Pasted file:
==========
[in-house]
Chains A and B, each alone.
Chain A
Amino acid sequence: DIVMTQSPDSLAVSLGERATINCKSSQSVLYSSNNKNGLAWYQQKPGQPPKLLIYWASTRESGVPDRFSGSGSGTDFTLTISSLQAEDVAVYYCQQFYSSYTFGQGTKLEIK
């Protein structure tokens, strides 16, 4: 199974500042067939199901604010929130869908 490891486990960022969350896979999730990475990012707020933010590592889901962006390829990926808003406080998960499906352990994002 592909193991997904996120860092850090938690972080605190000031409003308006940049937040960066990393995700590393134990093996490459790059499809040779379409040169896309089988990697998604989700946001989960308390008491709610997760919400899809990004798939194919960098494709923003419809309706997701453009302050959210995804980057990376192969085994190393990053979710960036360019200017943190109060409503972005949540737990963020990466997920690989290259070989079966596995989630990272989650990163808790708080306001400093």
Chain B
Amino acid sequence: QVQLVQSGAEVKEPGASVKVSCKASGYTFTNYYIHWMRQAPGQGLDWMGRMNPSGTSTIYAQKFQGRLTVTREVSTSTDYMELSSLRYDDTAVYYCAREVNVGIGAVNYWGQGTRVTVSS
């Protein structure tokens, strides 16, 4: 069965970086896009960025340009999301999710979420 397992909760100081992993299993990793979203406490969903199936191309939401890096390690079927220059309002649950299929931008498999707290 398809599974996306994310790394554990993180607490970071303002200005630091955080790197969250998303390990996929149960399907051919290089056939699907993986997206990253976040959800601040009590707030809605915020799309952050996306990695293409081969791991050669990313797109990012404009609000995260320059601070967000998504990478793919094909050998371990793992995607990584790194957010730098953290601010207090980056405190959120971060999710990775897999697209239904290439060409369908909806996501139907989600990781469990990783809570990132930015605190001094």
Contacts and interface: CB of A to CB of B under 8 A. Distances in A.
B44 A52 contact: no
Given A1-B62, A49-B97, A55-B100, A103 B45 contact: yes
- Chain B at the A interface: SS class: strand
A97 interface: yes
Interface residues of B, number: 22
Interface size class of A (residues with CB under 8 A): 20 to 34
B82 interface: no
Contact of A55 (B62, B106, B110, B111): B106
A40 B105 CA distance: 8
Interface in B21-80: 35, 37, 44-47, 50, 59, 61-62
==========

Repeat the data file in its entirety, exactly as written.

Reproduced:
[in-house]
Chains A and B, each alone.
Chain A
Amino acid sequence: DIVMTQSPDSLAVSLGERATINCKSSQSVLYSSNNKNGLAWYQQKPGQPPKLLIYWASTRESGVPDRFSGSGSGTDFTLTISSLQAEDVAVYYCQQFYSSYTFGQGTKLEIK
């Protein structure tokens, strides 16, 4: 199974500042067939199901604010929130869908 490891486990960022969350896979999730990475990012707020933010590592889901962006390829990926808003406080998960499906352990994002 592909193991997904996120860092850090938690972080605190000031409003308006940049937040960066990393995700590393134990093996490459790059499809040779379409040169896309089988990697998604989700946001989960308390008491709610997760919400899809990004798939194919960098494709923003419809309706997701453009302050959210995804980057990376192969085994190393990053979710960036360019200017943190109060409503972005949540737990963020990466997920690989290259070989079966596995989630990272989650990163808790708080306001400093």
Chain B
Amino acid sequence: QVQLVQSGAEVKEPGASVKVSCKASGYTFTNYYIHWMRQAPGQGLDWMGRMNPSGTSTIYAQKFQGRLTVTREVSTSTDYMELSSLRYDDTAVYYCAREVNVGIGAVNYWGQGTRVTVSS
């Protein structure tokens, strides 16, 4: 069965970086896009960025340009999301999710979420 397992909760100081992993299993990793979203406490969903199936191309939401890096390690079927220059309002649950299929931008498999707290 398809599974996306994310790394554990993180607490970071303002200005630091955080790197969250998303390990996929149960399907051919290089056939699907993986997206990253976040959800601040009590707030809605915020799309952050996306990695293409081969791991050669990313797109990012404009609000995260320059601070967000998504990478793919094909050998371990793992995607990584790194957010730098953290601010207090980056405190959120971060999710990775897999697209239904290439060409369908909806996501139907989600990781469990990783809570990132930015605190001094």
Contacts and interface: CB of A to CB of B under 8 A. Distances in A.
B44 A52 contact: no
Given A1-B62, A49-B97, A55-B100, A103 B45 contact: yes
- Chain B at the A interface: SS class: strand
A97 interface: yes
Interface residues of B, number: 22
Interface size class of A (residues with CB under 8 A): 20 to 34
B82 interface: no
Contact of A55 (B62, B106, B110, B111): B106
A40 B105 CA distance: 8
Interface in B21-80: 35, 37, 44-47, 50, 59, 61-62